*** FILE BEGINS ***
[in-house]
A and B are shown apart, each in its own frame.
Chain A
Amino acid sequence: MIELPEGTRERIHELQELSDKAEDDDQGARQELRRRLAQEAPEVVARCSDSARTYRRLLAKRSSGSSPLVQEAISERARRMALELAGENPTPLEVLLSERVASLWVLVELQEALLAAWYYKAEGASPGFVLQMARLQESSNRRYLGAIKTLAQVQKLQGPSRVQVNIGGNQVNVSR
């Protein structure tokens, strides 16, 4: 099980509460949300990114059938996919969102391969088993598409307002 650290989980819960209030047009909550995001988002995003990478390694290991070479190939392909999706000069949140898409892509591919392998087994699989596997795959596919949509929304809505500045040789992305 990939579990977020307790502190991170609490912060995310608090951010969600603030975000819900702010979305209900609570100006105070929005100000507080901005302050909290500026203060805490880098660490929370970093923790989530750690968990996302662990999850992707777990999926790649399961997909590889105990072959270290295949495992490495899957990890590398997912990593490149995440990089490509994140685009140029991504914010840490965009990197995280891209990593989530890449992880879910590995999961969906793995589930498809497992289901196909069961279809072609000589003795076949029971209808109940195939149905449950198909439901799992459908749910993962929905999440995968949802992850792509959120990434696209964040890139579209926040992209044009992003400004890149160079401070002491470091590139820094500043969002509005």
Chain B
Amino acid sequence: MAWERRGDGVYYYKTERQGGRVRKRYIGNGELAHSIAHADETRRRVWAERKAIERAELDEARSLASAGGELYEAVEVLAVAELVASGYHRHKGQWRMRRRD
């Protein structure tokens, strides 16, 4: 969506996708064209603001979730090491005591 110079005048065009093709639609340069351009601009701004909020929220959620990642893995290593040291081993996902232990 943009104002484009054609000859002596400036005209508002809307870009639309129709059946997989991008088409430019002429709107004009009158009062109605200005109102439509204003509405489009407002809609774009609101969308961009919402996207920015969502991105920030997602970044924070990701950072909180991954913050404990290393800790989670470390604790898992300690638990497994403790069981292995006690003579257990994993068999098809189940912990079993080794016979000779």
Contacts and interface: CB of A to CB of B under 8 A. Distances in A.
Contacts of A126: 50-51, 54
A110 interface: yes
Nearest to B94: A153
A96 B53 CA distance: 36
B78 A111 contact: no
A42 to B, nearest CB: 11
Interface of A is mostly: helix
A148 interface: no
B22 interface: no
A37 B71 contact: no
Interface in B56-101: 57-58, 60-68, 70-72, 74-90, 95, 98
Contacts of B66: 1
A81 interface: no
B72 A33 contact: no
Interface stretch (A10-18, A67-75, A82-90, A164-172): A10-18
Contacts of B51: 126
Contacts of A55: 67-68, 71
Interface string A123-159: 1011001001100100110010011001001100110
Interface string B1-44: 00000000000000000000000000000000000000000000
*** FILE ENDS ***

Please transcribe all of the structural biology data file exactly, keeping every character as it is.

[in-house]
A and B are shown apart, each in its own frame.
Chain A
Amino acid sequence: MIELPEGTRERIHELQELSDKAEDDDQGARQELRRRLAQEAPEVVARCSDSARTYRRLLAKRSSGSSPLVQEAISERARRMALELAGENPTPLEVLLSERVASLWVLVELQEALLAAWYYKAEGASPGFVLQMARLQESSNRRYLGAIKTLAQVQKLQGPSRVQVNIGGNQVNVSR
């Protein structure tokens, strides 16, 4: 099980509460949300990114059938996919969102391969088993598409307002 650290989980819960209030047009909550995001988002995003990478390694290991070479190939392909999706000069949140898409892509591919392998087994699989596997795959596919949509929304809505500045040789992305 990939579990977020307790502190991170609490912060995310608090951010969600603030975000819900702010979305209900609570100006105070929005100000507080901005302050909290500026203060805490880098660490929370970093923790989530750690968990996302662990999850992707777990999926790649399961997909590889105990072959270290295949495992490495899957990890590398997912990593490149995440990089490509994140685009140029991504914010840490965009990197995280891209990593989530890449992880879910590995999961969906793995589930498809497992289901196909069961279809072609000589003795076949029971209808109940195939149905449950198909439901799992459908749910993962929905999440995968949802992850792509959120990434696209964040890139579209926040992209044009992003400004890149160079401070002491470091590139820094500043969002509005």
Chain B
Amino acid sequence: MAWERRGDGVYYYKTERQGGRVRKRYIGNGELAHSIAHADETRRRVWAERKAIERAELDEARSLASAGGELYEAVEVLAVAELVASGYHRHKGQWRMRRRD
């Protein structure tokens, strides 16, 4: 969506996708064209603001979730090491005591 110079005048065009093709639609340069351009601009701004909020929220959620990642893995290593040291081993996902232990 943009104002484009054609000859002596400036005209508002809307870009639309129709059946997989991008088409430019002429709107004009009158009062109605200005109102439509204003509405489009407002809609774009609101969308961009919402996207920015969502991105920030997602970044924070990701950072909180991954913050404990290393800790989670470390604790898992300690638990497994403790069981292995006690003579257990994993068999098809189940912990079993080794016979000779």
Contacts and interface: CB of A to CB of B under 8 A. Distances in A.
Contacts of A126: 50-51, 54
A110 interface: yes
Nearest to B94: A153
A96 B53 CA distance: 36
B78 A111 contact: no
A42 to B, nearest CB: 11
Interface of A is mostly: helix
A148 interface: no
B22 interface: no
A37 B71 contact: no
Interface in B56-101: 57-58, 60-68, 70-72, 74-90, 95, 98
Contacts of B66: 1
A81 interface: no
B72 A33 contact: no
Interface stretch (A10-18, A67-75, A82-90, A164-172): A10-18
Contacts of B51: 126
Contacts of A55: 67-68, 71
Interface string A123-159: 1011001001100100110010011001001100110
Interface string B1-44: 00000000000000000000000000000000000000000000